As I was extremely fortunate to have secured a place at The Hammond and as Mrs Hassall recognised my potential and was sympathetic towards my family’s financial circumstances and my personal predicament, I was offered the opportunity to work at the school in return for my tuition. I arrived at The Hammond four days before all Boarders arrived so I could make up the sixty-eight beds (sheets and blankets in those days!) and help generally to prepare Nºs 12, 16 and 18, Liverpool Road for the arrival of the Students. I would stay on four days at the end of term to do the reverse! This occurred at the beginning and end of each, and every term. I remember that Nº 12 was such a huge house to be living in with just Miss Alderson (Matron) and ‘Oggy’ (Miss Ogden!) for company, but I also remember how kind they both were towards me. My day would begin at 05:45 and I would go downstairs to prepare breakfast for the Boarders; bring in the five crates of milk; go and open all the studios and the back gate and put the heating on in the winter. I had to ring the ‘Junior’ bell at 07:00 followed by the ‘Senior’ bell at 07:30. I served breakfast each morning at 08:00 and then cleared the tables and washed-up afterwards. By this time, the Cook would have arrived and I assisted with chores such as peeling potatoes and vegetables for Lunch. It was then a race to get changed into my dance wear and into morning class on time. Following my class, I would hurriedly get changed again and would help with the serving of lunch and the clearing up afterwards – not forgetting the washing-up too! This was followed by a rush to get changed again in time to attend afternoon class.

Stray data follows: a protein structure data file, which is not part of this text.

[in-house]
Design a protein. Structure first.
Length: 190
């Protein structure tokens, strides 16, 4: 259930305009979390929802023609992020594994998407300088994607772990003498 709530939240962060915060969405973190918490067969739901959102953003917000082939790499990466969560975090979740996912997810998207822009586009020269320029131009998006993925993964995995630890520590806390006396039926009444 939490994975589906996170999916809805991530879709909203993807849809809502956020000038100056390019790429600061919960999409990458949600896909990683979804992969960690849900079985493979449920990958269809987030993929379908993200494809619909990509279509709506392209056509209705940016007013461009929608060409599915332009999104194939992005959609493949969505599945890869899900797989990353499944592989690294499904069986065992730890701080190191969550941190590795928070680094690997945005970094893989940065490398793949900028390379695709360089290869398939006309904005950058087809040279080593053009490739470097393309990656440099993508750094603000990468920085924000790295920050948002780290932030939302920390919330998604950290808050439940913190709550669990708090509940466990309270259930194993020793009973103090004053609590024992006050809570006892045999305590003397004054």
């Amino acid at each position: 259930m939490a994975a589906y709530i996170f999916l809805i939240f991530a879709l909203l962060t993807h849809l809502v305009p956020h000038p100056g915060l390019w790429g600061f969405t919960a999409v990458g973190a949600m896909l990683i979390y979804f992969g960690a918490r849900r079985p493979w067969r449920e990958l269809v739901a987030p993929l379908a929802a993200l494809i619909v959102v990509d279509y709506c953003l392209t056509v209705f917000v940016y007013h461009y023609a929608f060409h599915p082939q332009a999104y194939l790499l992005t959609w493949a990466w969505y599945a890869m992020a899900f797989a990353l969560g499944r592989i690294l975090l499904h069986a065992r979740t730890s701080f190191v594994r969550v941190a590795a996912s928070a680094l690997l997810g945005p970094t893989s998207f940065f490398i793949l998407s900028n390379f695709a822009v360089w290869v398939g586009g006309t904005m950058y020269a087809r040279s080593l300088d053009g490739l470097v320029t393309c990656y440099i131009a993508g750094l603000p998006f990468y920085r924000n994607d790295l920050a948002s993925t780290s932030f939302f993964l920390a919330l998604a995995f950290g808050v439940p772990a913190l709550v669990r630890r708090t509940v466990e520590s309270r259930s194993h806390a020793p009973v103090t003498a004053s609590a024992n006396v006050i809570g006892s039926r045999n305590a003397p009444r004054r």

I had other jobs to do for Mrs Hassall and these included, for example, sorting piles of sheets and towels from all the boarders to go to the laundry every week – and sort them into ‘dorms’ when they came back – answer the telephone outside of ‘office hours’, banking, Post Office, together with Mrs Hassall’s personal shopping. The supplies of fruit and vegetables that had been purchased had all to be taken down the stone stairs to the cellar for storage. At 5:30 pm I would help Matron prepare supper for all boarders and then clear-up and wash-up afterwards. At week-ends there was no Cook on duty and so I helped Matron with all the meals. If any of the cleaners or cooks happened to be off sick, I had to take over and forfeit all my dance classes. I lost three weeks’ classes leading up to my RAD Intermediate – but still managed to pass the exam at the first attempt, with ‘Commended’! At approximately 8:30 each evening I would assume the role of gaoler and would go through the buildings to lock-up all the gates and doors that I had unlocked in the morning. I also had the job of turning off all the radiators etc. This was a magical time to ‘throw’ myself around while I had a studio all to myself!!
Thank-you so much Pauline – be sure to look back next week for part two of Pauline’s memories.